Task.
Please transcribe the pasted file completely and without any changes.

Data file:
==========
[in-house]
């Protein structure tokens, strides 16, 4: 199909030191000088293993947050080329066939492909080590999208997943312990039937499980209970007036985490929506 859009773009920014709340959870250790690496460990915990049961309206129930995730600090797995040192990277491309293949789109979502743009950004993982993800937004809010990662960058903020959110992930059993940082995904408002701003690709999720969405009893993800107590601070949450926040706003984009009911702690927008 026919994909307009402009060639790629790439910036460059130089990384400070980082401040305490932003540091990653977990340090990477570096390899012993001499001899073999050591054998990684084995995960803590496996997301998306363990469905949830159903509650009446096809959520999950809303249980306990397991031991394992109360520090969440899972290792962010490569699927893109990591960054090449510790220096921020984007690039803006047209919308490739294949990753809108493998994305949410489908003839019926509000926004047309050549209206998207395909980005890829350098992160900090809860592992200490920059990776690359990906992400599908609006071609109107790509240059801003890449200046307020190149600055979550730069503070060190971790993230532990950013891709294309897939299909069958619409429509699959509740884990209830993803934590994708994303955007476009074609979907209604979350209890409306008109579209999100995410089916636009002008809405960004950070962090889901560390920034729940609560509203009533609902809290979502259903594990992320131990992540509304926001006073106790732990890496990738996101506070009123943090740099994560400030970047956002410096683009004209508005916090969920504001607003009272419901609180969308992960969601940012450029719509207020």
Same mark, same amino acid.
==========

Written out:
[in-house]
């Protein structure tokens, strides 16, 4: 199909030191000088293993947050080329066939492909080590999208997943312990039937499980209970007036985490929506 859009773009920014709340959870250790690496460990915990049961309206129930995730600090797995040192990277491309293949789109979502743009950004993982993800937004809010990662960058903020959110992930059993940082995904408002701003690709999720969405009893993800107590601070949450926040706003984009009911702690927008 026919994909307009402009060639790629790439910036460059130089990384400070980082401040305490932003540091990653977990340090990477570096390899012993001499001899073999050591054998990684084995995960803590496996997301998306363990469905949830159903509650009446096809959520999950809303249980306990397991031991394992109360520090969440899972290792962010490569699927893109990591960054090449510790220096921020984007690039803006047209919308490739294949990753809108493998994305949410489908003839019926509000926004047309050549209206998207395909980005890829350098992160900090809860592992200490920059990776690359990906992400599908609006071609109107790509240059801003890449200046307020190149600055979550730069503070060190971790993230532990950013891709294309897939299909069958619409429509699959509740884990209830993803934590994708994303955007476009074609979907209604979350209890409306008109579209999100995410089916636009002008809405960004950070962090889901560390920034729940609560509203009533609902809290979502259903594990992320131990992540509304926001006073106790732990890496990738996101506070009123943090740099994560400030970047956002410096683009004209508005916090969920504001607003009272419901609180969308992960969601940012450029719509207020």
Same mark, same amino acid.